Our “normal” has shifted gears in the past few weeks. With most of our time spent indoors, we are finding a balance of home maintenance, work, study, and play. At one point, our structure came from outside sources – school hours, office hours, exercise class schedules. Today, we are establishing new routines and creating at-home workspaces. Consequently, disagreements and conflict may feel more frequent. While we would all like to avoid this, conflict can truly bring us closer together as we learn ourselves and our family members better. Here are a few tools that we can all learn and model to decrease conflict at home.
Aim for Win-Win
Your family is in this as a team, and the hope is that you all feel this way! When trying to resolve a disagreement, avoid trying to “win” instead look for the solution that considers all parties. Dr. Stephen Covey says it best, “In the long run, if it isn’t a win for both of us, we both lose. That’s why win-win is the only real alternative in interdependent realities.” But how can we do this? First, avoid harsh language or striking at sensitivities, both of which can be easy to do in the moment. In the pursuit of a happy household, we need to make space to explore all perspectives and for all to feel heard.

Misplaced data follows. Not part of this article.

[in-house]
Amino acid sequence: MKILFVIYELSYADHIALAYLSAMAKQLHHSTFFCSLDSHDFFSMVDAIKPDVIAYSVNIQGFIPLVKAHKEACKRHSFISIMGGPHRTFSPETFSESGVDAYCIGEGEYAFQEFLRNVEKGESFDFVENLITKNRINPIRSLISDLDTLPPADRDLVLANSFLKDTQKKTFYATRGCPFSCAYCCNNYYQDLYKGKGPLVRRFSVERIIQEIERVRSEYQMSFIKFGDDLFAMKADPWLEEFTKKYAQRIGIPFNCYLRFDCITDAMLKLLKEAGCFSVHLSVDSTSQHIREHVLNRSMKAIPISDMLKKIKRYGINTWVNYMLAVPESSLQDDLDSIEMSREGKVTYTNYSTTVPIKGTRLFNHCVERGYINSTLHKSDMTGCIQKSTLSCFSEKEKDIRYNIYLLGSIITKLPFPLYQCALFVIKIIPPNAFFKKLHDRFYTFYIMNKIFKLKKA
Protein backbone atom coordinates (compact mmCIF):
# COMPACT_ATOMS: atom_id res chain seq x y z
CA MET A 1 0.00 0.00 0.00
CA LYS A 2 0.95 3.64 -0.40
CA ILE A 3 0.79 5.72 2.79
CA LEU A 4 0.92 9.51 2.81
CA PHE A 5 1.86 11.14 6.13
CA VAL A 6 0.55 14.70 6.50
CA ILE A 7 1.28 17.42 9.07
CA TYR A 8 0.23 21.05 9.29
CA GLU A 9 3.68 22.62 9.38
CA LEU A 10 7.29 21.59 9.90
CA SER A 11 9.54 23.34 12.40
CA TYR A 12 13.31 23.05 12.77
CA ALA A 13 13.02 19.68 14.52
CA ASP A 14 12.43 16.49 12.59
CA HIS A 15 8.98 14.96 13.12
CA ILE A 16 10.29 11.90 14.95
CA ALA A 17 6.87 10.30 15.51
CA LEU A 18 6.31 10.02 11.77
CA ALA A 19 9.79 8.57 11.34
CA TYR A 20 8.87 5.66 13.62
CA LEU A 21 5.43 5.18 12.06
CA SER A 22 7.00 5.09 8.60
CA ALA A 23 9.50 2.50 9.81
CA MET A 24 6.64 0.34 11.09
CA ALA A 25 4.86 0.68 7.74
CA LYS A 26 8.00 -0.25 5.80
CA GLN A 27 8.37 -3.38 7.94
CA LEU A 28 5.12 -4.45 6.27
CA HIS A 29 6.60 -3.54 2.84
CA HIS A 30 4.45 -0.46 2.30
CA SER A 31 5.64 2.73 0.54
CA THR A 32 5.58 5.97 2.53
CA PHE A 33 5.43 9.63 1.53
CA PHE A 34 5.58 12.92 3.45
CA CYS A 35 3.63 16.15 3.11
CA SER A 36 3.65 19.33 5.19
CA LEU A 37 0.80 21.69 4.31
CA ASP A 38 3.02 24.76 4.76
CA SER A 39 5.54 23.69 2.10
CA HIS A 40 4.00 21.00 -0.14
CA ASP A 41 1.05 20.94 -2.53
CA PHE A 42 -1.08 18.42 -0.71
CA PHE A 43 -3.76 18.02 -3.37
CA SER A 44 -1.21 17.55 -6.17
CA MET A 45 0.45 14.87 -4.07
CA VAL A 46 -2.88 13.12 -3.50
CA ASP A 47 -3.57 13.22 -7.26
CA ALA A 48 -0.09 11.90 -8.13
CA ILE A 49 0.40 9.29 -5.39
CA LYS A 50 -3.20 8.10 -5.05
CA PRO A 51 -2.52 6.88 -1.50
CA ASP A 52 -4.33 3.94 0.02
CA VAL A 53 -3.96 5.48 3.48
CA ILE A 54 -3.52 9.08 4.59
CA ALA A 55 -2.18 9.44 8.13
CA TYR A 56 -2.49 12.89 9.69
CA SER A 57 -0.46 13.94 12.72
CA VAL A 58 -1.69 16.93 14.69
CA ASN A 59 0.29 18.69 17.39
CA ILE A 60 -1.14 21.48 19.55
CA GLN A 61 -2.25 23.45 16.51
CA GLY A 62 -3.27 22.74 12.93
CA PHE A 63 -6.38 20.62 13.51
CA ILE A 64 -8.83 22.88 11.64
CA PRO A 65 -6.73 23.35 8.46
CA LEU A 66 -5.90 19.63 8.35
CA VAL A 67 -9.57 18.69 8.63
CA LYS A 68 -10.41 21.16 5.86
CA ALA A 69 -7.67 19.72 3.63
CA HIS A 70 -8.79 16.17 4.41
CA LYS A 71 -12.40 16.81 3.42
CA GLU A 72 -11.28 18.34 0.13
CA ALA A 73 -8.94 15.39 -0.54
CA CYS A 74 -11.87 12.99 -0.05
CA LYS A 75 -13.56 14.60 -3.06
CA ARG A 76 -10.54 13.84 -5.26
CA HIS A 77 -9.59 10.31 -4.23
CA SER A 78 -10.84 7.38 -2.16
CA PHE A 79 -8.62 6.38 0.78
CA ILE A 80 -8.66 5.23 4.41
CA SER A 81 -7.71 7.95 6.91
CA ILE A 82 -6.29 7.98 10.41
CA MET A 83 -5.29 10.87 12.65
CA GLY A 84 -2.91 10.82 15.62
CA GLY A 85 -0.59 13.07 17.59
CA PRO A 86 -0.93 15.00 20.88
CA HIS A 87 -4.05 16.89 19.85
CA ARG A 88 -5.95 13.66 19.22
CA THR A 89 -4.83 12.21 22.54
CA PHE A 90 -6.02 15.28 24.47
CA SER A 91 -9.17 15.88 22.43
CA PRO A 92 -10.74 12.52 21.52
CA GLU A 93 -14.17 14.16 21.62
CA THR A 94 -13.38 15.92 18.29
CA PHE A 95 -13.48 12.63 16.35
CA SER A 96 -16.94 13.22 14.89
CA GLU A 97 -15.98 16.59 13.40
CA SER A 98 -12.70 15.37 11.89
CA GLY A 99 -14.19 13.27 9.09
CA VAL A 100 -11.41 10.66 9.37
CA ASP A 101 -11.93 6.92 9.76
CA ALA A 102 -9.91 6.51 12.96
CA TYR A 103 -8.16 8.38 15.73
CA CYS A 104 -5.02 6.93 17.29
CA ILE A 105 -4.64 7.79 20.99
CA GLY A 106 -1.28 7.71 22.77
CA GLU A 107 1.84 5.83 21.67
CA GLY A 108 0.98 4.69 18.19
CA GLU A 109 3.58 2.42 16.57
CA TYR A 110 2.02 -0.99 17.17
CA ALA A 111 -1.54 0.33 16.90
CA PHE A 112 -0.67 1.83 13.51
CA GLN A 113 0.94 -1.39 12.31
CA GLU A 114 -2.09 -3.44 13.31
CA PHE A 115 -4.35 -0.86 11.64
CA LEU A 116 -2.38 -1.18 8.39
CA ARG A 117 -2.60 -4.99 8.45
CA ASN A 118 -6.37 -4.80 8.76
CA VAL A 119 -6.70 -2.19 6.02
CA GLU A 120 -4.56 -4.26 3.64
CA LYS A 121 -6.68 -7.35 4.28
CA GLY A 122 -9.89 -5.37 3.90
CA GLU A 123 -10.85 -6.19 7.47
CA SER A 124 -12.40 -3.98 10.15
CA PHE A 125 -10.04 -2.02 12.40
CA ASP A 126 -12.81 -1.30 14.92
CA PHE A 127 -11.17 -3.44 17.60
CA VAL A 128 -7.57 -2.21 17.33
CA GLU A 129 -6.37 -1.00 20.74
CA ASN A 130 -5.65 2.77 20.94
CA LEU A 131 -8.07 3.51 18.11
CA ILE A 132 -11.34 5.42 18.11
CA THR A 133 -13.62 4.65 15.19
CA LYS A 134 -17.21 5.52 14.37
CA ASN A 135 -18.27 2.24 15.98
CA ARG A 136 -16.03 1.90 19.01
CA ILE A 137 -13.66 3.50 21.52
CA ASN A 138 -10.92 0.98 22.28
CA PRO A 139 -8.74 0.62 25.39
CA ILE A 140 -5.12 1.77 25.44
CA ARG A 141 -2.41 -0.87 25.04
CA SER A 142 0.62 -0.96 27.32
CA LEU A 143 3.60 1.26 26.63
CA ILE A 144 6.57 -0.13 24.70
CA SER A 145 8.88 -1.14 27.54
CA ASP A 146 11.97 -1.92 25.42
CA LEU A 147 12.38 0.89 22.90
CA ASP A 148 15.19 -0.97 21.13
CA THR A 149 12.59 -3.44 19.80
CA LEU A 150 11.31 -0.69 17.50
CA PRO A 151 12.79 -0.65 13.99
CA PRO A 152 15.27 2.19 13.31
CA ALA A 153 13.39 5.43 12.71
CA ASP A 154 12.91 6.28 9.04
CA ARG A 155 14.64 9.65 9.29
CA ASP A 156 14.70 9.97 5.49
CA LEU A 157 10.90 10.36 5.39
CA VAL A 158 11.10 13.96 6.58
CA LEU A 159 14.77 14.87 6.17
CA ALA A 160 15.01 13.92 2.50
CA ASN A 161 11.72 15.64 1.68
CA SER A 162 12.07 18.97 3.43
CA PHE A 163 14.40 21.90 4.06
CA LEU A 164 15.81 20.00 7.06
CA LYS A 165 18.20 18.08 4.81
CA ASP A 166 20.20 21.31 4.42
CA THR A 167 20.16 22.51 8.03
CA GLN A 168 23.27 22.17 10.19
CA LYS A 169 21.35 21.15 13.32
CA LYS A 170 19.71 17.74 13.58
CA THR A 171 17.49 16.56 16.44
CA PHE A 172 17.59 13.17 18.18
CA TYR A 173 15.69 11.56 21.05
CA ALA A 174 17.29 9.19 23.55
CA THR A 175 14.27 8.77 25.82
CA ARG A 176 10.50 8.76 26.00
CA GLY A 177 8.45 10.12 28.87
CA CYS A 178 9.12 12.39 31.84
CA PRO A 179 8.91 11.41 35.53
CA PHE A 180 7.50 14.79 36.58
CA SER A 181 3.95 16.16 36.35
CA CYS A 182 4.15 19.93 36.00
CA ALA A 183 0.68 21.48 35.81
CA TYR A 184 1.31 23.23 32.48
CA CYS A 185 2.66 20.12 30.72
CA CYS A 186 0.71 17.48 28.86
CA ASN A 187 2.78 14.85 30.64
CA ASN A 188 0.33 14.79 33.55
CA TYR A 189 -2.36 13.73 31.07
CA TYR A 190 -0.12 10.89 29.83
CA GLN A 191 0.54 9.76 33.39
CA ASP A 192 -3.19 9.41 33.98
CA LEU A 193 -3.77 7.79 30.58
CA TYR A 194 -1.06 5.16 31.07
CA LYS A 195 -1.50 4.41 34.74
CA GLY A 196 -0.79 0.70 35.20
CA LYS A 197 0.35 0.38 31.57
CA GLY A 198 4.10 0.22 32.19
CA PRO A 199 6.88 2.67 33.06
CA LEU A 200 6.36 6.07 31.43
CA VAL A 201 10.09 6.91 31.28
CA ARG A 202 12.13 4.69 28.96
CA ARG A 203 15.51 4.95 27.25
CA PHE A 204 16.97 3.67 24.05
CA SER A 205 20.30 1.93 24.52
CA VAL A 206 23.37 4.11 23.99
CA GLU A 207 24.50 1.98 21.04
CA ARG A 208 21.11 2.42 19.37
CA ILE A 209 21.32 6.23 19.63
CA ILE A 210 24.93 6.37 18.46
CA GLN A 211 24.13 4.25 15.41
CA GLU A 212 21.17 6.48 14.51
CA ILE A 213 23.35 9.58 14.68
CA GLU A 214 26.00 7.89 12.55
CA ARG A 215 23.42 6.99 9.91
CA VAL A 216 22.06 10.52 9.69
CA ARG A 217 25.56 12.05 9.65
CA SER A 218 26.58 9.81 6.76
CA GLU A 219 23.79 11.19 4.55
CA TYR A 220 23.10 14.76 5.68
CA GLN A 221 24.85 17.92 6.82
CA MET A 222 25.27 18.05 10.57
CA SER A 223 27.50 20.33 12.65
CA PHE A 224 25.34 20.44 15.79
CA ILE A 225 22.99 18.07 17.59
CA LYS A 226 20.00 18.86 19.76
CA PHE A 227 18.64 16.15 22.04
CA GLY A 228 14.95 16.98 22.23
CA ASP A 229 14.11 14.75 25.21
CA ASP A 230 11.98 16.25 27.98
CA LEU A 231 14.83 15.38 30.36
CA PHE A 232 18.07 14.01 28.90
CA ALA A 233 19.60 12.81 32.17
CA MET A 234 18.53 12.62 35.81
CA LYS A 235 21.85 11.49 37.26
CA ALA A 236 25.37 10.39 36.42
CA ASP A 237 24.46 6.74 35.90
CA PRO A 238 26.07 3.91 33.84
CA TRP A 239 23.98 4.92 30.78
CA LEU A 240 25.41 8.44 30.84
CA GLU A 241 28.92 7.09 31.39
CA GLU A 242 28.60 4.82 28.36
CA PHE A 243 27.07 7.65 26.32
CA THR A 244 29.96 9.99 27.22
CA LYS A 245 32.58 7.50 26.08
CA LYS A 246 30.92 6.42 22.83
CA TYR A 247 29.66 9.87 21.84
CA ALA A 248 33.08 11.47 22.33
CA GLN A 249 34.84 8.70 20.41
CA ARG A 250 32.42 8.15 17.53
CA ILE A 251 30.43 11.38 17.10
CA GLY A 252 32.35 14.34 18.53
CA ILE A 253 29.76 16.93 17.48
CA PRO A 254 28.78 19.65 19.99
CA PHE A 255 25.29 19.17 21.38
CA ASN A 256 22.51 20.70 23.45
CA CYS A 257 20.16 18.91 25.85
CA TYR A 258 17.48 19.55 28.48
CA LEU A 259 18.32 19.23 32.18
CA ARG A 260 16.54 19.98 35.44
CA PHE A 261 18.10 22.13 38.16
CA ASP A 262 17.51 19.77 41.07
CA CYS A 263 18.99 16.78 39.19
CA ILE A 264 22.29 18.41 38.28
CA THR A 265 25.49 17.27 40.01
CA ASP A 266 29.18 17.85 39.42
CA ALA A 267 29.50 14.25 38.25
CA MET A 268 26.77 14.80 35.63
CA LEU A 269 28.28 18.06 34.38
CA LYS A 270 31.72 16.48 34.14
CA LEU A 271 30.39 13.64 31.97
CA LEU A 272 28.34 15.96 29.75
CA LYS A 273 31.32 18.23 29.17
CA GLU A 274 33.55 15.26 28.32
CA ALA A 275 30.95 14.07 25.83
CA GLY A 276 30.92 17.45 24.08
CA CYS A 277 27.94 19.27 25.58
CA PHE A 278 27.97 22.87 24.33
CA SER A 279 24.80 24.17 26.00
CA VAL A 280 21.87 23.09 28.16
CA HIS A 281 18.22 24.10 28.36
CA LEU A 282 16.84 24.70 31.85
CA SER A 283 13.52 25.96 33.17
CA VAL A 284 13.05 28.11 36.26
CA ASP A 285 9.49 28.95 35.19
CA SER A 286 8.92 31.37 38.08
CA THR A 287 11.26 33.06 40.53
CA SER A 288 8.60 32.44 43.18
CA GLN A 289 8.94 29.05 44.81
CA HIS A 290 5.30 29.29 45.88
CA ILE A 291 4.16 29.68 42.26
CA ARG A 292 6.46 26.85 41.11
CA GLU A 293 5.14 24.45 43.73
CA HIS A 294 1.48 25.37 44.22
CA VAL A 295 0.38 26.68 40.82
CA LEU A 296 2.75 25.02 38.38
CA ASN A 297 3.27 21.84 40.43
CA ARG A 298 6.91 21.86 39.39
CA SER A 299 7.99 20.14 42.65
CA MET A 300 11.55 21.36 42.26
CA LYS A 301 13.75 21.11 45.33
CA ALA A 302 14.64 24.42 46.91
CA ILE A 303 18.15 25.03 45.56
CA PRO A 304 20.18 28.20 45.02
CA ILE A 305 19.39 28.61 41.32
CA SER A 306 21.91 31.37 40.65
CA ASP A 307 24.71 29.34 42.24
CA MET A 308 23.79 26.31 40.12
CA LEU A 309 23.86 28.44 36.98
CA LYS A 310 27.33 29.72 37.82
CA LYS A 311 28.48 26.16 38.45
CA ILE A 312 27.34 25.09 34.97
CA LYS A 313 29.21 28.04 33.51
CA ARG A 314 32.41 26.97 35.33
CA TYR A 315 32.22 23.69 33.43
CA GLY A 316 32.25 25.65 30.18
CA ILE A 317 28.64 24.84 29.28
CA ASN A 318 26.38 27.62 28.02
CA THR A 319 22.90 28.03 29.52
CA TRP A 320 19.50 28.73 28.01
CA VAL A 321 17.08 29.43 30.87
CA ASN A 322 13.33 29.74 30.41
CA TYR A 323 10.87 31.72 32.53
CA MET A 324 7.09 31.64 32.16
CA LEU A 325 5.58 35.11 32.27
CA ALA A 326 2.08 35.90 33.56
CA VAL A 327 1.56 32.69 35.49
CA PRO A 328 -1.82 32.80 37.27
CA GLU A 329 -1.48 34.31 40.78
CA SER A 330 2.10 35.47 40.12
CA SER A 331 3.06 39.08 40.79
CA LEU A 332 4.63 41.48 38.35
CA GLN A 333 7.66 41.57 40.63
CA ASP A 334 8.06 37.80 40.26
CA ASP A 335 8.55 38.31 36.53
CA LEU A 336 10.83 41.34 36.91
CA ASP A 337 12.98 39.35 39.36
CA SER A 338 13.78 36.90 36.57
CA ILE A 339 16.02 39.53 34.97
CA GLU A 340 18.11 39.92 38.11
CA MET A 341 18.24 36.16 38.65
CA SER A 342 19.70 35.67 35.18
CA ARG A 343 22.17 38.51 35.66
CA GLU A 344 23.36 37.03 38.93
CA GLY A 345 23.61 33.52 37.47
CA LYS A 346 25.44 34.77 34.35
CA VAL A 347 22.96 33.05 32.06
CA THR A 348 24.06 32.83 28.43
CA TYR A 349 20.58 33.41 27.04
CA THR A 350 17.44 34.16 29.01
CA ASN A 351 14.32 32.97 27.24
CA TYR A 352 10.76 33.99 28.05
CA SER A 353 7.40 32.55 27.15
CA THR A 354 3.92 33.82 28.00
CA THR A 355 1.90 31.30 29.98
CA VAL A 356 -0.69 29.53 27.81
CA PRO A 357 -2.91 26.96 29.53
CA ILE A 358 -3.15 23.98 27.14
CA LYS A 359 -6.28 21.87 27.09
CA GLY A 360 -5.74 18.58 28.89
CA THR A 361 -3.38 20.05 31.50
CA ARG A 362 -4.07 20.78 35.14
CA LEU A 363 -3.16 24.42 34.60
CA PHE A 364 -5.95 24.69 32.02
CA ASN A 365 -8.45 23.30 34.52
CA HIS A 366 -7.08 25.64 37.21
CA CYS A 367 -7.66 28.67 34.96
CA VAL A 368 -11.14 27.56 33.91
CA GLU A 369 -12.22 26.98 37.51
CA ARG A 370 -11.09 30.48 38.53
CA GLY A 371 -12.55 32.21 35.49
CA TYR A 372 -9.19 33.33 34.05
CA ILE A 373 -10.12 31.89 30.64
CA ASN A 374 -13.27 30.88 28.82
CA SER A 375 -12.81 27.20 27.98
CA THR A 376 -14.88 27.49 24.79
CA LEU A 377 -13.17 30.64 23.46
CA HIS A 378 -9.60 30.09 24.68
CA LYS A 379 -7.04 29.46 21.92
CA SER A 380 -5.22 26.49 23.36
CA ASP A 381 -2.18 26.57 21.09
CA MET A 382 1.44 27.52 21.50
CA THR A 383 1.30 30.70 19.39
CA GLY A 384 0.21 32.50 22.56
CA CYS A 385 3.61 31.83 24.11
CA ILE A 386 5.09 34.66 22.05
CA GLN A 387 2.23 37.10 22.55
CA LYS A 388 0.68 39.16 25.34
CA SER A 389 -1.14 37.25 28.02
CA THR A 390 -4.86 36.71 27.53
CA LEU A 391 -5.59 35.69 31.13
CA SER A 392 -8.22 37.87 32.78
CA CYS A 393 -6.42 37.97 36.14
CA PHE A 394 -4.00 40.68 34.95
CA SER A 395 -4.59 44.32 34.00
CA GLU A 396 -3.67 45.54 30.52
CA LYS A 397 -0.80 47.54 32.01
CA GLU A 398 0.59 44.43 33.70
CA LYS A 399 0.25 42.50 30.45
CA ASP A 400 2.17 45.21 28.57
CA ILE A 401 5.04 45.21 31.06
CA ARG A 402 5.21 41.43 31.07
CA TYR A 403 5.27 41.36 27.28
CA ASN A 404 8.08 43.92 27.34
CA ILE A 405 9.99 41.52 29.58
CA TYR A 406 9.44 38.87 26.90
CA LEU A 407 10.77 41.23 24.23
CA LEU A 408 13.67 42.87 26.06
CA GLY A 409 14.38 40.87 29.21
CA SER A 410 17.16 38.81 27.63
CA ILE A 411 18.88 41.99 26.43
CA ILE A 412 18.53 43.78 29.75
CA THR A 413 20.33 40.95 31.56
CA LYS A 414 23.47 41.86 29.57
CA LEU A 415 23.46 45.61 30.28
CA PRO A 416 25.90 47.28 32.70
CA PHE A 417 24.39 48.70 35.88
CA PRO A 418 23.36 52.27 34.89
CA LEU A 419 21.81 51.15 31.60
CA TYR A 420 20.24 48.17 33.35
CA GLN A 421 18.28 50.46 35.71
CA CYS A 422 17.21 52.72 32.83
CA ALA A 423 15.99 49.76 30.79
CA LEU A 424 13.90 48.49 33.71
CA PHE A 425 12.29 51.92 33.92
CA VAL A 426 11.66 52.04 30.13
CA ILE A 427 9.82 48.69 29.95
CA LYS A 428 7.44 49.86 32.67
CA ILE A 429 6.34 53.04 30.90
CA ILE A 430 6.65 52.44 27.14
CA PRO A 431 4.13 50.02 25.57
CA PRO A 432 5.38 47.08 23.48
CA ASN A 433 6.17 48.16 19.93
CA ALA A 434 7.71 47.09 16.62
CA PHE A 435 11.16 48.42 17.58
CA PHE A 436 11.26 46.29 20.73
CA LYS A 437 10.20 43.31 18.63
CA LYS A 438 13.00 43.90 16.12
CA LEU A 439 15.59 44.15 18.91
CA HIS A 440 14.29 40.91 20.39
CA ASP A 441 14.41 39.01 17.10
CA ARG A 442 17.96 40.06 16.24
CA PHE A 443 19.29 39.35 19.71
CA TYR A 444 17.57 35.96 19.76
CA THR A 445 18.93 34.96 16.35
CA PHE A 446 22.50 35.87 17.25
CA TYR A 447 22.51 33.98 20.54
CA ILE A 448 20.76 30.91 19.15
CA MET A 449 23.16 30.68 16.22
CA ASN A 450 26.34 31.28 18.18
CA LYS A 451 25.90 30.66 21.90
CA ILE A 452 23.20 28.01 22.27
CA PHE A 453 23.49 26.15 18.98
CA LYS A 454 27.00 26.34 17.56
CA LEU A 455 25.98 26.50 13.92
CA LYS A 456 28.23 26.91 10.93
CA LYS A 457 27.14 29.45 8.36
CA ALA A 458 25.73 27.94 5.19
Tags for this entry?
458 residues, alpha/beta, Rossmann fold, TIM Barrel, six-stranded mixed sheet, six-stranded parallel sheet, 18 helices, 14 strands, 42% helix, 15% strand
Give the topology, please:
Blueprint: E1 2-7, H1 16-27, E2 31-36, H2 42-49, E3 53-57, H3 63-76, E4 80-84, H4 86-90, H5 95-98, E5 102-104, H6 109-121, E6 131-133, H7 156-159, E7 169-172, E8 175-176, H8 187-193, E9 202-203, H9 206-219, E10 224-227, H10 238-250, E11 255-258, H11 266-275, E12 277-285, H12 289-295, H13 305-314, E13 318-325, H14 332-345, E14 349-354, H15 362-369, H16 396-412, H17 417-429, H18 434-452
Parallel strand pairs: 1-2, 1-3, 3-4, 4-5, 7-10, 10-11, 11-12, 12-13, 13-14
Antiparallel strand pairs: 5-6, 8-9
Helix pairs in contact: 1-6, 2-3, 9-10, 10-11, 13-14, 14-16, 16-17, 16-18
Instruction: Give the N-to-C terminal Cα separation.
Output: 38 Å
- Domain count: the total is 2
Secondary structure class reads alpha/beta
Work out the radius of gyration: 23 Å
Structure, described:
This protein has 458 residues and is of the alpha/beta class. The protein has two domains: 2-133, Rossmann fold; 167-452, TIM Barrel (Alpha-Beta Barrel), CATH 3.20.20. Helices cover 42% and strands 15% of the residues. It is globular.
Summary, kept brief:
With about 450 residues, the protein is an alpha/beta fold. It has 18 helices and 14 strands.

Have a Conversation about Roles in the House
Household responsibilities that may have worked last month could seem overwhelming now. Have you noticed a recent surge in dishes and meal preparation, or have you spent extra time ensuring your house is clean? Frustration or resentment can arise if members feel that they are carrying a more significant load than the others, but the most critical step is to bring the conversation up. Unspoken expectations only cause pain for everyone involved. By reworking the responsibilities and focusing on the items that need to be accomplished together, you can create structured chores that feel fair to all.
Use “I” Statements